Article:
1924-1937: Father and son hold regular winter consultations in New York.
1935: His native town, Weidenau, honours Lorenz with a commemorative plaque at his parents' house.
1944: Award of the Goethe medal for Art and Science and of the Billroth Prize on the occasion of his 90th birthday. An oil portrait of Prof. Lorenz is added to the Honorary Gallery of the City of Vienna.
February 12, 1946: Prof. Lorenz dies at the age of 92 in his retirement residence in Altenberg and is buried in an honorary grave at the cemetery of St. Andrä-Wördern.
1950: A plaque at the convent of St. Paul im Lavanttal commemorating Adolf Lorenz is unveiled by his son Albert.
1959: A street in the 13th district of Vienna (Hietzing) is named after the father of modern orthopaedics.
May 6, 1992: Foundation of the Adolf-Lorenz-Society.
December 17, 1993: A commemorative plaque is unveiled at his Viennese address Rathausstrasse 21, A-1010 Vienna.
Albert Lorenz was born on September 2, 1885. Instead of going to a public primary school he was educated by a private tutor and afterwards he attended the Schottengymnasium in Vienna which he finished in 1903. He did his military service as a one-year volunteer with the Ulan regiment No. 8 and in 1904 he was transferred to the Ulan regiment No. 3 "Erzherzog Karl".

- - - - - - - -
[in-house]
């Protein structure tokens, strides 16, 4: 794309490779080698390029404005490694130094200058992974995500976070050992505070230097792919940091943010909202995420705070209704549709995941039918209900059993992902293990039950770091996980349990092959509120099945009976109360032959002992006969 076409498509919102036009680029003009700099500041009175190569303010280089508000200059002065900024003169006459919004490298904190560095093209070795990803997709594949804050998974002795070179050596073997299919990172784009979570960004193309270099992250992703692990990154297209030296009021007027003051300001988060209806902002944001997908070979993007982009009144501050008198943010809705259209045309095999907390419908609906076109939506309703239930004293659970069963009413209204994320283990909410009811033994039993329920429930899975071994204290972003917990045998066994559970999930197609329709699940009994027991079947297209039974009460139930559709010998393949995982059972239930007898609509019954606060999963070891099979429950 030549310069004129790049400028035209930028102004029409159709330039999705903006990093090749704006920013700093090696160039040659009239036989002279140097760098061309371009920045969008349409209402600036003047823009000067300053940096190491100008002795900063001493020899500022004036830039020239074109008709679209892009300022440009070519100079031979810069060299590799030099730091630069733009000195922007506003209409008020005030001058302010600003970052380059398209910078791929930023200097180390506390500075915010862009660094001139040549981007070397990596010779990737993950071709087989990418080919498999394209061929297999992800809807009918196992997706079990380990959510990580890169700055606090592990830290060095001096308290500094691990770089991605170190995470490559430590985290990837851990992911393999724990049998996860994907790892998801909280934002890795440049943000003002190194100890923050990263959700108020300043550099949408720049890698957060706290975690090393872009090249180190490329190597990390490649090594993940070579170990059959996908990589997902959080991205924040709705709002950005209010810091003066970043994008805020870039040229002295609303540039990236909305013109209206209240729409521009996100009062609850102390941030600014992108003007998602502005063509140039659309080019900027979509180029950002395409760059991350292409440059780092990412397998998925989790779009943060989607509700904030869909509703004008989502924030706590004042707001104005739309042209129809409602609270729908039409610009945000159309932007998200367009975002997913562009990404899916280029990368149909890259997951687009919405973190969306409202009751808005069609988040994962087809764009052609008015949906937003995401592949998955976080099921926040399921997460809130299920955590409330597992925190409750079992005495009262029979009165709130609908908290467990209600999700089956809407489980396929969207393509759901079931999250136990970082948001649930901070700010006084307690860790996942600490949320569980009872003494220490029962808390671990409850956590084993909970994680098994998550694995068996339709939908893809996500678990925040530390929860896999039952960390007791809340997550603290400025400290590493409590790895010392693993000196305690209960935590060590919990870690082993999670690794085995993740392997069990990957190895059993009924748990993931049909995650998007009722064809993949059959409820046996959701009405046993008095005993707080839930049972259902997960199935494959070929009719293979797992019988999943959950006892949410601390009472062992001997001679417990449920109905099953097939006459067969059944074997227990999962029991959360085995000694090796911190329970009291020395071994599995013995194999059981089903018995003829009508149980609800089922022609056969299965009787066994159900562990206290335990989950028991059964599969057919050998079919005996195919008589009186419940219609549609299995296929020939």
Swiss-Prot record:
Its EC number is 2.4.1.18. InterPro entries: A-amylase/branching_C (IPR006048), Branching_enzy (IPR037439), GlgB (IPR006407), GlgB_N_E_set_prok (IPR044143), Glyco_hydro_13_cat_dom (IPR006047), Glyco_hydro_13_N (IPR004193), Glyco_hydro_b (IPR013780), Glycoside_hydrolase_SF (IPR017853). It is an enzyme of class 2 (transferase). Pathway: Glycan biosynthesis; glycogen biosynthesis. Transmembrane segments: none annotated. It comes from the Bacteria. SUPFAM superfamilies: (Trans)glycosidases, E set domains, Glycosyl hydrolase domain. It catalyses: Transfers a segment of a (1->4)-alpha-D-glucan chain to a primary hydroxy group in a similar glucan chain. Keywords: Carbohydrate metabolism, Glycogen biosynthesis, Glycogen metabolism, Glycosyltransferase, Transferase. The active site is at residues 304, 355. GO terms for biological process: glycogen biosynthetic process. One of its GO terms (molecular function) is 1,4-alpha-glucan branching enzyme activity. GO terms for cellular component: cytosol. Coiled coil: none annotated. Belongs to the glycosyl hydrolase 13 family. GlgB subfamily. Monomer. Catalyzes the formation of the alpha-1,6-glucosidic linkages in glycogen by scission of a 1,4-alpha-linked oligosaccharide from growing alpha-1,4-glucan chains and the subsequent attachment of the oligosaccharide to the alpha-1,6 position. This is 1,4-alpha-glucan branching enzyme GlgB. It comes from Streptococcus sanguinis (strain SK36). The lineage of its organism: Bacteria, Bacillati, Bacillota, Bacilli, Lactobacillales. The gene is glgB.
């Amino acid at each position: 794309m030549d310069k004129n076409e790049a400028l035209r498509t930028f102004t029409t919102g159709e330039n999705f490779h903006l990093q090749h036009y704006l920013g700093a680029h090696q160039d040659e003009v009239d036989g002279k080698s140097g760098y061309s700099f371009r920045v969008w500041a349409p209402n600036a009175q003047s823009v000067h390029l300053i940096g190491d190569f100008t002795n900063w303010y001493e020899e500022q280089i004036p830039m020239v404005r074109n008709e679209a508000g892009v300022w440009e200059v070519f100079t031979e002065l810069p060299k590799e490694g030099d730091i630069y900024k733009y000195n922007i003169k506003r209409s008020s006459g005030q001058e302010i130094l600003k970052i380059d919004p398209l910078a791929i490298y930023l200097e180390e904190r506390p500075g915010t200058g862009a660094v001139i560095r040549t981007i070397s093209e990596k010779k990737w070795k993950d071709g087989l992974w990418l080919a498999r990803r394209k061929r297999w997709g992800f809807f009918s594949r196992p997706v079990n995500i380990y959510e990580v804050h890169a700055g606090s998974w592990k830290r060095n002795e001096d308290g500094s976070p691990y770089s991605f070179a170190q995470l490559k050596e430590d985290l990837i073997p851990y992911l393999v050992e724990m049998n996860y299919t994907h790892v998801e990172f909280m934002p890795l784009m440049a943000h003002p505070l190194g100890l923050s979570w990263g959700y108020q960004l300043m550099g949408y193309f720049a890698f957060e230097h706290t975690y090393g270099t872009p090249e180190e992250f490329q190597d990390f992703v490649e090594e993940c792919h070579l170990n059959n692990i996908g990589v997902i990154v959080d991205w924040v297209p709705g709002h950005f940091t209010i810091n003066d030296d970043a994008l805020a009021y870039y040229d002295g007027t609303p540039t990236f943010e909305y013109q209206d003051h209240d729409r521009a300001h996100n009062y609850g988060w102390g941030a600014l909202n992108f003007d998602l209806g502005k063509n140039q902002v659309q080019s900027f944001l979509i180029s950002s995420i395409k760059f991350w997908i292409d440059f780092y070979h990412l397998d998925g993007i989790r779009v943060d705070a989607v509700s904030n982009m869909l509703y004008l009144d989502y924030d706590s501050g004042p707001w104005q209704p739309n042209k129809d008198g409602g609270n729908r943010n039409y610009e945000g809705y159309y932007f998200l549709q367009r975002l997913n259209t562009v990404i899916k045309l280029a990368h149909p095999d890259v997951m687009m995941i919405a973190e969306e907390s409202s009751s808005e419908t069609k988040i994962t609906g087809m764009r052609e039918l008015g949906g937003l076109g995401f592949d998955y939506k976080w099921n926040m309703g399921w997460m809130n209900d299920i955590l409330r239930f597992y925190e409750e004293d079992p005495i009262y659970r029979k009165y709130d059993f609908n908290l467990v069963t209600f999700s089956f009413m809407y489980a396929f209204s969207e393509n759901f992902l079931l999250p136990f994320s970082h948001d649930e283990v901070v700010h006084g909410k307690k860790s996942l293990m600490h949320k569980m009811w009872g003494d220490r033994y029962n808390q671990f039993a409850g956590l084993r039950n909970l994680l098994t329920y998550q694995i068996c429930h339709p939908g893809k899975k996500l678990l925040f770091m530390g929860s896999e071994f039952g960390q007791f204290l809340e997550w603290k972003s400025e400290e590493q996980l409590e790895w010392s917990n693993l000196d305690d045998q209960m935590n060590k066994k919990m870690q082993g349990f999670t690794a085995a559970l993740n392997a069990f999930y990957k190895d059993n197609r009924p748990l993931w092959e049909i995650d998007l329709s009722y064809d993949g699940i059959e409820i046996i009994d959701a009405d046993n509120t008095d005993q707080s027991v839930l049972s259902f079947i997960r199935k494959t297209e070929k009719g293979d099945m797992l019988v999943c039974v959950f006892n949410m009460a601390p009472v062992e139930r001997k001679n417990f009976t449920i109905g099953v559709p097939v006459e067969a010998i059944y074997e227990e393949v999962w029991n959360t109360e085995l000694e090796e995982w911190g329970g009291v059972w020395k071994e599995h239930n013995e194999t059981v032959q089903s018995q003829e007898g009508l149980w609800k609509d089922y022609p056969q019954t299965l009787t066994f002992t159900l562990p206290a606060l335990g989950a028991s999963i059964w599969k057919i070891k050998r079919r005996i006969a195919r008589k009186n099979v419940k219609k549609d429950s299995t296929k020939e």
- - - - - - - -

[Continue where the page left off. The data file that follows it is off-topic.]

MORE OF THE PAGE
He then studied medicine at the University of Vienna and finished his studies on
March 13, 1910.
After his graduation he worked as a surgical assistant at the II. Surgical Department under Prof. Hochenegg for three years and for one year he took care of the orthopaedic division organized by himself.
Between 1910 and 1914 he received his postgraduate education at different orthopaedic departments, e.g with Prof. Lange in Munich, Prof. Vulpius in Heidelberg, Prof. Schulze in Duisburg, Prof. Schanz in Dresden, Prof. Preiser in Hamburg, Prof. Biesalski in Berlin and Prof. Gocht in Halle/Saale. Furthermore, he spent time at clinics in London and Paris for research purposes.
In 1912 Albert Lorenz married for the first time. His wife first was Elisabeth Trubel (1888-1920), daughter of a silk factory owner.
With the outbreak of World War I, Albert Lorenz was drafted on July 28, 1914. Initially orderly officer in the automobile corps, he was soon transferred to the sanitary corps, partially as a consiliary surgeon and partially as head physician and served in different mobile reserve and field hospitals. He was assisted by his wife Elisabeth who worked as a surgical nurse and accompanied him wherever he had to work. For her bravery on frontline - she transported wounded soldiers by car during the night - she was awarded the Goldenes Verdienstkreuz am Band der Tapferkeitsmedaille, simultaneously her husband was decorated with the Ritterkreuz des Franz-Josefs-Orden am Bande.
During his recovery in Vienna, following a serious bout of pneumonia, Albert Lorenz was appointed assistant at the department of Prof. Hochenegg.